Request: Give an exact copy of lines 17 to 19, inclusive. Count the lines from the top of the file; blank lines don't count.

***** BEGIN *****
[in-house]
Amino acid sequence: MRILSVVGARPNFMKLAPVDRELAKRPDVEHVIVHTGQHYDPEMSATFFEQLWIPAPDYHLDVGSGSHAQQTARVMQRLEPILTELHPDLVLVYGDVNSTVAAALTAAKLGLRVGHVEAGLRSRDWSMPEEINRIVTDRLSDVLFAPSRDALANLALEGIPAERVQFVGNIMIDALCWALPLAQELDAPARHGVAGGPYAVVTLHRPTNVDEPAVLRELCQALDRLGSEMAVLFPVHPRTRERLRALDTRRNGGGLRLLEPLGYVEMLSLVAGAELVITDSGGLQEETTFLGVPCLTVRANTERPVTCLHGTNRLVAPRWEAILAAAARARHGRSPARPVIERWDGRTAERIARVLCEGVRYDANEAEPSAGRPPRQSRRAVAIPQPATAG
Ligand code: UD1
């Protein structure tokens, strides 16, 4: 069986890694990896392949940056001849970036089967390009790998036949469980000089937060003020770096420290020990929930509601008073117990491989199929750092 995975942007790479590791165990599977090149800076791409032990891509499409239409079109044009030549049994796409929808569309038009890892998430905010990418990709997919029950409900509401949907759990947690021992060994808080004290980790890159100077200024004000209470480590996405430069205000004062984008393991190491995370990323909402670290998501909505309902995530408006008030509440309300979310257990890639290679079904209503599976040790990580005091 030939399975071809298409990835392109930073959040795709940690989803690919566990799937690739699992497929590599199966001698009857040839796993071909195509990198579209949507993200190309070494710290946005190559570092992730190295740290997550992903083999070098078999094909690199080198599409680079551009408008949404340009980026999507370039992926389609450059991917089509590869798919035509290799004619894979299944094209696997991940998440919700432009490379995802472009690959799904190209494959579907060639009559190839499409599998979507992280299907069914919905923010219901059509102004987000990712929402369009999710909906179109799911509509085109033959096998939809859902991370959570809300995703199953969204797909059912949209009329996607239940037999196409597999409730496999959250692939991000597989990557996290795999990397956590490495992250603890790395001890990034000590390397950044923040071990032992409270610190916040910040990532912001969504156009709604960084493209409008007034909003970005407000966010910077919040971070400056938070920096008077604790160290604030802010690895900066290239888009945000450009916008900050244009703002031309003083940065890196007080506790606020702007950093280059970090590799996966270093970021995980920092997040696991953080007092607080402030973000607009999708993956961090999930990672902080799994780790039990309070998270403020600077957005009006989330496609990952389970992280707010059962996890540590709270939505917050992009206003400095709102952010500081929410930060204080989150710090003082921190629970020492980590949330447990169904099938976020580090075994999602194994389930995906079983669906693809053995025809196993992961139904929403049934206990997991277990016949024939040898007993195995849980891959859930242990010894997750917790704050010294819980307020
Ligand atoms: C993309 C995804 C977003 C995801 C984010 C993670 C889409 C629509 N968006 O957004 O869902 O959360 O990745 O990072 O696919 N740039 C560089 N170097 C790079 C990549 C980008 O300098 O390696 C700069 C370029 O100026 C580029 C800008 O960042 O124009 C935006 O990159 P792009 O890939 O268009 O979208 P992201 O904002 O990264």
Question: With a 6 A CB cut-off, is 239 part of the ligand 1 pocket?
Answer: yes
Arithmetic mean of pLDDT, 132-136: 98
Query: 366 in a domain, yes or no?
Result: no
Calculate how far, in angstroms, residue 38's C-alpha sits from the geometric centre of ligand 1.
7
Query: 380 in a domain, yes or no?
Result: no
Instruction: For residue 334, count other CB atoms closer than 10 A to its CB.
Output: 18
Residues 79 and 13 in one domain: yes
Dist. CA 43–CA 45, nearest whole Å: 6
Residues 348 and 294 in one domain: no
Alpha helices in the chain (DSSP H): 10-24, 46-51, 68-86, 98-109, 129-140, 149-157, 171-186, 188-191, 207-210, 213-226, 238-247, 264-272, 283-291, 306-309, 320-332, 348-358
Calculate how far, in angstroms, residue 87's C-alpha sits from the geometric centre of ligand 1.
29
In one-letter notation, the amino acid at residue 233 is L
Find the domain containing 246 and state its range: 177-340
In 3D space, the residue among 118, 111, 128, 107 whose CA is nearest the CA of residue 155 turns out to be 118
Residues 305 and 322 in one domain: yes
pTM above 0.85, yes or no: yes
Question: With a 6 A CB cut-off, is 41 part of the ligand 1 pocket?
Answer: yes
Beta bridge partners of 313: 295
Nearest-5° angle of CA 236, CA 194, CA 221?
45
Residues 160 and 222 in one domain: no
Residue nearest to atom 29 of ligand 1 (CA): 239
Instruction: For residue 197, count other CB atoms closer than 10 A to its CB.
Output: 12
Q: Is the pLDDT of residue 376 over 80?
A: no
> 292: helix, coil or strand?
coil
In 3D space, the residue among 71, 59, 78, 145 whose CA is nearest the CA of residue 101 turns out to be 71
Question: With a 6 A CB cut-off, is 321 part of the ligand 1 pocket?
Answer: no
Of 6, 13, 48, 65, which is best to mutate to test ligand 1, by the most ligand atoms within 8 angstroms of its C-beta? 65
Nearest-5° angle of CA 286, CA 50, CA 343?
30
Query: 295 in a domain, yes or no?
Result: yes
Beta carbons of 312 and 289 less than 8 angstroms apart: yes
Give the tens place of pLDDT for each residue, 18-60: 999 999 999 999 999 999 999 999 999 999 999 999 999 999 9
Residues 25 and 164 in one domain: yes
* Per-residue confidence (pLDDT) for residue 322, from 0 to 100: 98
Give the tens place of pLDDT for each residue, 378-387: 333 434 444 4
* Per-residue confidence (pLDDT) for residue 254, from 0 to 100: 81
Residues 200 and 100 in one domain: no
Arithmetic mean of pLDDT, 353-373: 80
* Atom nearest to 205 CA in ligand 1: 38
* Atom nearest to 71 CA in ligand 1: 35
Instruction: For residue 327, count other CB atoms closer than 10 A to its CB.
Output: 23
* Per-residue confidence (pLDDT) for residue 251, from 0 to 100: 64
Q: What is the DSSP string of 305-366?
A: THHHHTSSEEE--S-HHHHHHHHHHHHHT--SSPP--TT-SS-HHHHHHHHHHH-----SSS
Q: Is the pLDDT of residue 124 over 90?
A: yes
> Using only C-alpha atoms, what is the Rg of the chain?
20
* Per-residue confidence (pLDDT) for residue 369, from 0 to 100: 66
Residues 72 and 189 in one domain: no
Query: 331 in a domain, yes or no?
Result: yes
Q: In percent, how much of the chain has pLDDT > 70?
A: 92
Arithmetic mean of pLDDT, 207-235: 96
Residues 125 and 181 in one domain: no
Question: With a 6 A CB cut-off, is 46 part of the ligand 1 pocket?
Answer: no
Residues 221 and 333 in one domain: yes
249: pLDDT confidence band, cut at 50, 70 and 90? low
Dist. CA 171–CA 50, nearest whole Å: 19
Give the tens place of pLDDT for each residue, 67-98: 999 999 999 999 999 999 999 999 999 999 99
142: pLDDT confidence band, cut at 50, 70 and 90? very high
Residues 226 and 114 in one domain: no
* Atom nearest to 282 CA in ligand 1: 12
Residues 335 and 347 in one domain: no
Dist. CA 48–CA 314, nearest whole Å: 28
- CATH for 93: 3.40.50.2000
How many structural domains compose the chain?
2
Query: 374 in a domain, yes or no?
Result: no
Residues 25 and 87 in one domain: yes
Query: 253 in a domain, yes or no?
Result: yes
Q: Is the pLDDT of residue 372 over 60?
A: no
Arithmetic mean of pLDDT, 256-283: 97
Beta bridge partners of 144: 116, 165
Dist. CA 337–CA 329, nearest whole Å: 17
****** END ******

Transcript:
Residues 79 and 13 in one domain: yes
Dist. CA 43–CA 45, nearest whole Å: 6
Residues 348 and 294 in one domain: no